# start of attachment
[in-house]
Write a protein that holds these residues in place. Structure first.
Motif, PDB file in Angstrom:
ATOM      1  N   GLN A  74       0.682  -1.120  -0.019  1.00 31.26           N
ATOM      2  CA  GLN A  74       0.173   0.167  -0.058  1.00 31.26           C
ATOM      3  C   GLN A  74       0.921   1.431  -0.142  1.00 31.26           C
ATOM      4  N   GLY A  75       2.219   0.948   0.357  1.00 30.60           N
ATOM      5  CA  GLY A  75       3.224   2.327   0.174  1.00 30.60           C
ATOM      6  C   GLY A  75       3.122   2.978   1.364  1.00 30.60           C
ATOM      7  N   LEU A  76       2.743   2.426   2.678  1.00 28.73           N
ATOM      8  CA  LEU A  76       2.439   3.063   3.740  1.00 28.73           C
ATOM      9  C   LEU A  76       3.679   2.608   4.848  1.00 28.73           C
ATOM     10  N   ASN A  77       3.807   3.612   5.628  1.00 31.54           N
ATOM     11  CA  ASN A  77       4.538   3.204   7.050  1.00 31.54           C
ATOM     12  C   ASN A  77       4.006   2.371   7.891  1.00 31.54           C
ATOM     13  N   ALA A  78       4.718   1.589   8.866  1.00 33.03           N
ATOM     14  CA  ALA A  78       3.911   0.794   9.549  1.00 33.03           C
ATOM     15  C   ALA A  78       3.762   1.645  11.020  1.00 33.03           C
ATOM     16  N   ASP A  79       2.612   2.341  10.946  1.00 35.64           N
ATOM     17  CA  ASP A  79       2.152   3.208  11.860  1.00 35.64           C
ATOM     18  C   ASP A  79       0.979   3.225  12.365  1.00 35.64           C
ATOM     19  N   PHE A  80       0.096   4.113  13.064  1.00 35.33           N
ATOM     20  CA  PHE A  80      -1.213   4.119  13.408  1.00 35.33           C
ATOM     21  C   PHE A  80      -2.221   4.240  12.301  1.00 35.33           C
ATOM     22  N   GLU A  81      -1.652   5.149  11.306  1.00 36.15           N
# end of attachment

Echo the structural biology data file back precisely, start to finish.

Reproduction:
[in-house]
Write a protein that holds these residues in place. Structure first.
Motif, PDB file in Angstrom:
ATOM      1  N   GLN A  74       0.682  -1.120  -0.019  1.00 31.26           N
ATOM      2  CA  GLN A  74       0.173   0.167  -0.058  1.00 31.26           C
ATOM      3  C   GLN A  74       0.921   1.431  -0.142  1.00 31.26           C
ATOM      4  N   GLY A  75       2.219   0.948   0.357  1.00 30.60           N
ATOM      5  CA  GLY A  75       3.224   2.327   0.174  1.00 30.60           C
ATOM      6  C   GLY A  75       3.122   2.978   1.364  1.00 30.60           C
ATOM      7  N   LEU A  76       2.743   2.426   2.678  1.00 28.73           N
ATOM      8  CA  LEU A  76       2.439   3.063   3.740  1.00 28.73           C
ATOM      9  C   LEU A  76       3.679   2.608   4.848  1.00 28.73           C
ATOM     10  N   ASN A  77       3.807   3.612   5.628  1.00 31.54           N
ATOM     11  CA  ASN A  77       4.538   3.204   7.050  1.00 31.54           C
ATOM     12  C   ASN A  77       4.006   2.371   7.891  1.00 31.54           C
ATOM     13  N   ALA A  78       4.718   1.589   8.866  1.00 33.03           N
ATOM     14  CA  ALA A  78       3.911   0.794   9.549  1.00 33.03           C
ATOM     15  C   ALA A  78       3.762   1.645  11.020  1.00 33.03           C
ATOM     16  N   ASP A  79       2.612   2.341  10.946  1.00 35.64           N
ATOM     17  CA  ASP A  79       2.152   3.208  11.860  1.00 35.64           C
ATOM     18  C   ASP A  79       0.979   3.225  12.365  1.00 35.64           C
ATOM     19  N   PHE A  80       0.096   4.113  13.064  1.00 35.33           N
ATOM     20  CA  PHE A  80      -1.213   4.119  13.408  1.00 35.33           C
ATOM     21  C   PHE A  80      -2.221   4.240  12.301  1.00 35.33           C
ATOM     22  N   GLU A  81      -1.652   5.149  11.306  1.00 36.15           N